Models of corporate default fall into two broad categories, structural models and reduced form models. Structural models consider the evolution of the value of the firm, with default assumed to occur if firm value should fall below some insolvency threshold. They have the practical advantage of using the firm's current stock price, a sensitive barometer of its financial condition that is updated daily, unlike accounting statements that are only available quarterly.2 But structural models pose difficult problems, including the need to value all of the components of a real world firm's complex capital structure, to model their dynamics and estimate those models empirically, and to specify exactly where the default boundary lies. This is a challenging task in itself, as the literature shows, and it becomes extremely difficult to introduce very many additional variables related to conditions in the macroeconomy. Moreover, important non-default credit events, such as a ratings downgrade, do not fit conveniently into the structural framework. This paper focuses on the reduced form approach, which treats default as a random event that can strike any firm at any time. The paradigm might be thought of as formalization and extension of the familiar ratings transition matrices published by Moody's and other ratings agencies.3 In the basic reduced form model, a credit event corresponds to the first jump time of a Poisson process with a constant hazard rate. An “event” can be defined flexibly to be default, downgrade or upgrade from one bond rating category to another, or any other well-defined change of state. The reduced form approach has been widely used for credit risk analysis in both academic and real world research, e.g., Jarrow et al., 1995, Jarrow et al., 1997, Lando and Skødeberg, 2002 and Duffie et al., 2007, Koopman et al., 2008 and Koopman et al., 2009. The constant hazard rate formulation treats all issuers in a given credit class as homogeneous. But empirical evidence of non-Markovian behavior includes positive serial correlation in ratings changes, known as “ratings drift,” time variation in default probabilities, and cross-sectional differences in credit risk across issuers within a given rating. For example, Altman and Kao (1992) found ratings drift among firms that recently had a change in rating, and Hamilton and Cantor (2004) showed that the transition probability out of a rating class depends on whether the bond entered its current rating by an upgrade or a downgrade.4 Other kinds of non-Markovian behavior were described by Lando and Skødeberg (2002), who found that the probability of a rating change diminishes the longer the bond stays in the same rating; and by MacDonald and Van de Gucht (1999), whose results suggested a nonmonotonic aging effect. Results reported by Mann et al., 2003, Hamilton and Cantor, 2004 and Fledelius et al., 2004 indicate that within-class hazard rates for default and for ratings transitions vary considerably over time. These results support the belief that credit risk exposure is affected by conditions in the macroeconomy. In particular, Bangia et al., 2002 and Nickell et al., 2000 found that upgrade, downgrade and default intensities differ across different economic regimes. Xie, Shi, and Wu (2008) used the reduced form approach to extract (risk neutral) default intensities from investment grade corporate bond yields and found strong evidence of common factors, the strongest of which was the performance of the stock market. Numerous other studies showing that default probability is sensitive to macroeconomic factors include Kavvathas, 2001 and Carling et al., 2007, Couderc and Renault (2004) and Duffie et al. (2007). In this paper, we formulate and estimate extended reduced-form models for the occurrence of credit events, using the semi-parametric Cox regression model. This well-known approach adapted from survival analysis allows the hazard rate for a given issuer to be a function of both firm-specific factors and macroeconomic conditions.5 In place of a formal structural model, we assume that the important factors tied to a firm's capital structure are adequately reflected in its current bond rating and its credit rating history. Our concentration is on assessing the relative importance of a much broader selection of macro variables, both individually and in combination, than has been carried out previously with the Cox hazard model. Duffie et al. (2007) combined variables from both frameworks in developing a model for the term structure of credit risk as a function of a small number of structural and macro factors. But their focus on forecasting required building models for the time-series properties of their factors, which strictly limited the number of variables that could be considered.6 By contrast, we wish to establish “stylized facts” about which macro covariates are most important and the nature of their impact on credit risk, including allowance for lagged effects. We do not attempt to predict the future values or the dynamics of those factors. Default is the most important change in credit quality, but hardly the only one that matters to investors. Tables of historical transition frequencies among the ratings categories, and previous research on credit risk, have attempted to estimate the full transition matrix for ratings changes. We prefer to concentrate on the most important transitions rather than modeling the fine structure of the credit market.7 We therefore focus on three especially important credit events: transition from solvency into default, transition from investment grade (Moody's Baa and above) down to speculative grade (Ba or below), and the reverse transition (upgrade from speculative to investment grade).8 It seems intuitively obvious that macroeconomic conditions should affect credit risk. This is true both in absolute terms and also relative to the degree of credit risk implied by a bond rating. The latter expectation is due to the rating agencies' practice of “rating through the cycle,” i.e., assigning credit ratings based on each firm's creditworthiness relative to others in its cohort, and not adjusting the ratings as overall credit risk varies over the business cycle. But different researchers have obtained quite different results, depending on which macro variables were explored, how those variables entered the specifications (as contemporaneous values, with lags, or averaged over time), what other variables were included in the specification, and what time period was examined. Our comprehensive analysis sheds considerable light on these diverse results. A relevant macro factor should be one that has a broad impact on most firms' creditworthiness. An obvious candidate is the strength of the overall economy, but what is the best measure? Is it a high rate of GDP growth?; a low unemployment rate?; growth in industrial production?; strength in a composite variable such as the Chicago Federal Reserve's National Activity Index?; the NBER's indicator of recession and expansion? Rather than trying to choose among these possibilities a priori, we begin by grouping candidate variables into three broad classes: those related to general macroeconomic conditions (e.g., the unemployment rate, inflation, and the NBER recession indicator); those related to the direction in which the economy is moving (e.g., Real GDP growth and the change in consumer sentiment); and a remaining set loosely categorized as indicators of financial market conditions (e.g., interest rates and stock market returns). The last group includes the recent default rate among corporate borrowers in order to examine potential “contagion” in the credit market. The firm-specific factors we consider include the firm's current rating, its initial rating class, whether it entered its current rating by upgrade or by downgrade, and the length of time since the firm was first rated. To look at how the estimated influence of each macro variable is affected by other variables included in the model, we examine three specifications. First we include each one as the single macro variable in a specification with the full set of firm-specific ratings-related covariates. This indicates what the simplest specification with that macro variable would show, for example an initial exploratory analysis of the individual variables in a large set of candidates. We then run the full set of firm-specific and macro covariates together in a single comprehensive specification. In many cases, this produces a sharp change in the variable's significance level and even in the direction of its estimated effect. Finally, although most of the pairwise correlations among our macro variables are not that high, it seems clear that multicollinearity within the full set tends to hold down significance levels for individual coefficients. We therefore use stepwise regression to pare down the number of variables and obtain a third, parsimonious specification in which all of the estimated coefficients are statistically significant. This procedure is known as “backward selection” because it begins with the full set of covariates and eliminates the least significant ones, one at a time. We find that adding macroeconomic factors into a specification with ratings-related variables produces a highly significant increase in explanatory power, but it is not easy to identify a small number of specific variables that dominate the field of alternative measures, and some of the seemingly obvious candidates turn out to have insignificant or anomalous coefficients when combined with other macro variables in more comprehensive specifications. For example, while they are highly significant when examined one at a time, none of the variables related to general macroeconomic conditions have any power in explaining defaults when combined with the other macro factors. Strength in the stock market as measured by the return on the S&P 500 index is estimated to have an anomalous effect, increasing the risk of default and reducing the chance of upgrade. While failure to obtain a single dominant model specification for each transition may seem somewhat disappointing, we actually feel that this is one of our more important findings in helping to understand the complicated connection between credit risk and the macroeconomy. Our results show how earlier studies could arrive at quite different conclusions based on fitting similar but somewhat different models. They call into question any strong conclusions about the importance of any single macro variable among a set of related ones that might be drawn from such research. By contrast, the ratings-related variables perform consistently as expected, with higher ratings corresponding to significantly lower credit risk, and the aging and ratings drift effects strongly confirmed. Interestingly, while the coefficients on specific macro variables can change drastically depending on which other variables are included in the specification, the estimated effects of the ratings-related factors are largely unaffected by the addition of macroeconomic variables to the model. The question of contagion in defaults has been widely debated: holding other factors equal, does default by one firm increase the likelihood that other unrelated firms will also experience credit problems, independent of their objective creditworthiness? Or is the empirical observation that defaults appear to come in waves simply due to the fact that all firms are exposed to broad economic forces that affect credit risk for all of them at the same time?9 We do not offer a definitive answer to this question, but our results do shed some light on it. Along with a large set of variables measuring various aspects of the economic environment, we include the overall default rate in the corporate sector over the recent past. Consistent with the existence of contagion in the credit market, we find that even after allowing for the effects of the macro factors included in the specification, a high corporate default rate over the last year is still associated with a highly significant increase in the hazard rate for default and a decrease for rating upgrades. The estimated effect on downgrades from investment to speculative grade is also positive, but not significant. In the next section, we describe the Cox hazards model that will be used throughout the paper. 3, 4 and 5 describe, respectively, the ratings data from Moody's that is used to define the credit events we model, the ratings-based firm specific covariates, and the macroeconomic covariates used as explanatory variables. 6, 7 and 8 present estimation results for defaults, for downgrades from investment to speculative ratings classes, and for upgrades from speculative to investment grade, respectively. Section 9 summarizes our results and concludes.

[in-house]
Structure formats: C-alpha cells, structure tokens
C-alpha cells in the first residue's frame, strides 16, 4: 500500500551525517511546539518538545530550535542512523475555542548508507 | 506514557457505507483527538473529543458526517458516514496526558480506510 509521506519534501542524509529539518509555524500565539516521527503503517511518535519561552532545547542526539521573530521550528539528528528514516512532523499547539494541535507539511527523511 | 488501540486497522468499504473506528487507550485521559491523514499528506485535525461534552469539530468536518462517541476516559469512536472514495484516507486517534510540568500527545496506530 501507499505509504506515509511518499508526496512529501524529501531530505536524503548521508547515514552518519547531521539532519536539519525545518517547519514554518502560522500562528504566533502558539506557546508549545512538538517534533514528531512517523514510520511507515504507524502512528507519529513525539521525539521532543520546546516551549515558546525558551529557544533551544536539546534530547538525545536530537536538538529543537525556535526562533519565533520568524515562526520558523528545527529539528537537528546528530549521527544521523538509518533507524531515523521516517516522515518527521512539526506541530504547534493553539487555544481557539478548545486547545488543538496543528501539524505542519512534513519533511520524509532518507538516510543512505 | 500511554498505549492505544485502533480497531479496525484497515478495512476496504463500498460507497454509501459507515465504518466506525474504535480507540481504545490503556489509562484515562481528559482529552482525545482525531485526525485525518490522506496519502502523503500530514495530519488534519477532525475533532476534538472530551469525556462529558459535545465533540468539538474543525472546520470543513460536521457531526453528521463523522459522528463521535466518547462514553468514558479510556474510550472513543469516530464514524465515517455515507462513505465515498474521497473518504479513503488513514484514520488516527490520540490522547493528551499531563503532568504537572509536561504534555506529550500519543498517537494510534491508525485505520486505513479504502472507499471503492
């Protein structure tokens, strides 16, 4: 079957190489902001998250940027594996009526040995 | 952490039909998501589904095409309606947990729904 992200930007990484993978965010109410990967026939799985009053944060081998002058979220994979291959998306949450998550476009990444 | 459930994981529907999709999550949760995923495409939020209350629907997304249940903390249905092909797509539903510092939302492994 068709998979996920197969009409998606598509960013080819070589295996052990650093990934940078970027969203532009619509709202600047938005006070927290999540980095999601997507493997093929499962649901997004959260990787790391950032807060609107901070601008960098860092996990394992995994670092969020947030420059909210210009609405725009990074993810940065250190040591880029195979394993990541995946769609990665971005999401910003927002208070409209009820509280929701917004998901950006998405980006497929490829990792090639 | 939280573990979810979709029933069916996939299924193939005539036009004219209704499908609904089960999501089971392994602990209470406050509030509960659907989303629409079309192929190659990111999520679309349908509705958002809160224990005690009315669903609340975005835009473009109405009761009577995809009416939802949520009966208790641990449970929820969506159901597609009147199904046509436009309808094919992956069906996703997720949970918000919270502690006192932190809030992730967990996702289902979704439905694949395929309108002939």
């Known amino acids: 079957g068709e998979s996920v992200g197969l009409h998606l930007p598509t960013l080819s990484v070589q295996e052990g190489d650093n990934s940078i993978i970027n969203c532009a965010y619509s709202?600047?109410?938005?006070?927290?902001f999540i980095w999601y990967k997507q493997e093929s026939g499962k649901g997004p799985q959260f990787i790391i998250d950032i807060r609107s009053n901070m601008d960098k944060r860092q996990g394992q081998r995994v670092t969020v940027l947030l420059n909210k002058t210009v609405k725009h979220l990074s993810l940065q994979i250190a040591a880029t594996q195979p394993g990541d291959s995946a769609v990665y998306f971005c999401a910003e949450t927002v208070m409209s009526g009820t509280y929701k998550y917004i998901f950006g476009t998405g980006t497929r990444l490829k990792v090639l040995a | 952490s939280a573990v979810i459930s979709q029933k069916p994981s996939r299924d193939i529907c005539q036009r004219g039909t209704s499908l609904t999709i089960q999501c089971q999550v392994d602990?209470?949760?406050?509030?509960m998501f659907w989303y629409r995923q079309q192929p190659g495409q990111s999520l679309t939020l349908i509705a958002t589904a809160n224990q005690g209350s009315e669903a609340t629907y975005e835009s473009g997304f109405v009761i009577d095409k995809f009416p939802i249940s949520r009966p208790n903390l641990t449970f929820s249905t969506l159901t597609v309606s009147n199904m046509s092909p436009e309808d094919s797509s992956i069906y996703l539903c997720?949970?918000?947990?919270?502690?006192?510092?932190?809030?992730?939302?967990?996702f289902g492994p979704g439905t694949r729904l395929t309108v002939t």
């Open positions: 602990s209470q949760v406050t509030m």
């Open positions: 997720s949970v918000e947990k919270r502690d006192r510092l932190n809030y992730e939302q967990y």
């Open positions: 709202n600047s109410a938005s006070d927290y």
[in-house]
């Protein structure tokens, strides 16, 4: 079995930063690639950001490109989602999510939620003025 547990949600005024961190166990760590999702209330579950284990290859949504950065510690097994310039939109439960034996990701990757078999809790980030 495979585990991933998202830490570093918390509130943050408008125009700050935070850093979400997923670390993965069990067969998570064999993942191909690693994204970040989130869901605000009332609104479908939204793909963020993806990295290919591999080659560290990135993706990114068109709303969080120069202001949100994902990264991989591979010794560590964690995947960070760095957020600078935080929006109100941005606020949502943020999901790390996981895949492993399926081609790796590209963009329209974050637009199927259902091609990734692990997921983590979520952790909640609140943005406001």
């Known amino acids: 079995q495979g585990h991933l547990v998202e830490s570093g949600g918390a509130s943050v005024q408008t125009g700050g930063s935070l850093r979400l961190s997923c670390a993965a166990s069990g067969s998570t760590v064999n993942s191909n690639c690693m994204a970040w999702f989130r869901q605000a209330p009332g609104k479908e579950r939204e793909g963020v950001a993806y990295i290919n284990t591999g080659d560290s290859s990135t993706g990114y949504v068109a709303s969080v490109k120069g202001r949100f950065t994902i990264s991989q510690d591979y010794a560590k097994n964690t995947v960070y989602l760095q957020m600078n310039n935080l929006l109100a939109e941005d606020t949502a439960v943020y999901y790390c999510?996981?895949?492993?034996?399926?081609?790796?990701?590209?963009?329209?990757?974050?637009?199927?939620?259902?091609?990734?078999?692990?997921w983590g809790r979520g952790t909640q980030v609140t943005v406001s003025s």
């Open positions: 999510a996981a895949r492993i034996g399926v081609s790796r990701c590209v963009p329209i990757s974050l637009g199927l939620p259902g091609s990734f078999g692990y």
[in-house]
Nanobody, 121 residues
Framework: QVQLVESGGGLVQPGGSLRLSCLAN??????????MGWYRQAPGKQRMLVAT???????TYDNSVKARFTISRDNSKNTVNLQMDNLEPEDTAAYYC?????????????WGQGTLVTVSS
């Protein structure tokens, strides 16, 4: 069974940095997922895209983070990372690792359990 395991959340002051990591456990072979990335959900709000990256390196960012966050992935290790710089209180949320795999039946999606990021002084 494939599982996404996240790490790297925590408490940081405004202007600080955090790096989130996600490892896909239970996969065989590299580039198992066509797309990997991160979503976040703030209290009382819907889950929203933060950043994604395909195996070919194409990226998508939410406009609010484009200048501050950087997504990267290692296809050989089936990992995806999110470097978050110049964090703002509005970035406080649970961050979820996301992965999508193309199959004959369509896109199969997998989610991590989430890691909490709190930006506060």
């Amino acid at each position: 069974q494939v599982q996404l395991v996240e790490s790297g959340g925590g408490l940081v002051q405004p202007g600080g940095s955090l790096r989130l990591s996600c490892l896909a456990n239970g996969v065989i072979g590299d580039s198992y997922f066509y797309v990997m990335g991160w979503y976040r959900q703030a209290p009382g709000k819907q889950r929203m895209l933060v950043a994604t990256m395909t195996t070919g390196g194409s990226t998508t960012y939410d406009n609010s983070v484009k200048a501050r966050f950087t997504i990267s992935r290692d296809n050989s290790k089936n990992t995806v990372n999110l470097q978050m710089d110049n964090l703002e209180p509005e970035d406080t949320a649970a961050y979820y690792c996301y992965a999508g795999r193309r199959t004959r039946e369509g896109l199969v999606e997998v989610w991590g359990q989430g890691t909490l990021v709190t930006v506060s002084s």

نتیجه گیری انگلیسی
This is the first study to examine such a broad range of rating history related and macroeconomic factors in a Cox model specification for credit risk. In this framework, we have been able to increase the number of observations in our sample by working with individual firm data, rather than aggregate default frequencies by ratings class as in earlier studies. We also have been able to access Moody's comprehensive database covering credit events in the full population of rated firms over a long time period. Finally, we limited the credit events under consideration to default and two major changes of ratings class, which allowed larger numbers of firms in the “at risk” population for each type of transition. This broad look at the problem suggests several conclusions. Overall, we confirmed that incorporating macroeconomic factors along with ratings-related variables in reduced form models of default intensity leads to a highly statistically significant increase in explanatory power. Our estimates of the effects of rating-specific factors confirm a variety of results from earlier studies. Specifically, we found that credit ratings reflected intensity differences correctly in every case. Higher rated firms had lower intensity of default than lower rated firms and had higher upgrade intensity. There is a “ratings drift” or “momentum” effect, by which a firm that has been downgraded (upgraded) in the recent past has a higher intensity of default or of being downgraded (upgraded) again than a firm in the same rating category that has not experienced a recent downgrade (upgrade). There is also evidence of an “aging” effect, such that the intensity of occurrence of a credit event depends on how long the firm has been rated. In particular, a recently rated firm has lower default intensity than a seasoned firm in the same ratings class. Similarly, a recently rated speculative grade firm in a B or Ba category has a lower intensity of being upgraded to the investment class. We found that the intensity of occurrence of credit events was different for firms that began as investment grade and were subsequently downgraded into a speculative ratings class (“fallen angels”), and for firms that started as speculative and have been upgraded (“rising stars”), than for firms that are still in the same broad investment or speculative grade category that they started in. One finding of considerable importance is that the coefficients on the ratings-based factors and their significance levels are only slightly affected by addition of macroeconomic factors to the specification. This implies that the information obtained from considering the macro variables is incremental to that contained in a firm's credit rating history alone. In the model of the transition into default with macro covariates, none of the four measures of General market conditions provided useful information about default hazards when firm-specific covariates and other macro variables, i.e., direction of economy and financial conditions variables, were included in the specification. Similarly, in the estimation of the hazard of the downgrade transition (from an investment grade to speculative grade), the model with the direction of economy and financial conditions variables statistically dominated the model with the GMC variables. This leads to the general conclusion that the direction of economy and financial conditions variables play a more important role in modeling downgrade transitions than the GMC variables. For both downward transitions, the Change in Consumer Sentiment was a highly significant variable, but it did not provide any explanatory power for upgrades from speculative to investment categories. Two GMC variables, unemployment and inflation, appear in the intensity model for the upgrade transition, in addition to Real GDP growth and three financial conditions variables. High unemployment and high inflation are both strongly associated with the reduction in the intensity of upgrade. Real GDP growth has a seemingly anomalous, but highly significant, negative effect on the intensity of upgrade. We suspect that this negative effect may indicate that it is easier for Moody's to distinguish a more creditworthy firm from other firms in its cohort when most firms are doing badly than when they all are doing well. In summary, our results represent a broad first cut at incorporating a wide range of measures of the macroeconomic environment and of firms' rating histories into reduced-form Cox models for the hazard rates of several important credit events. Further research along these lines is surely warranted and can be expected to refine our understanding of this important area.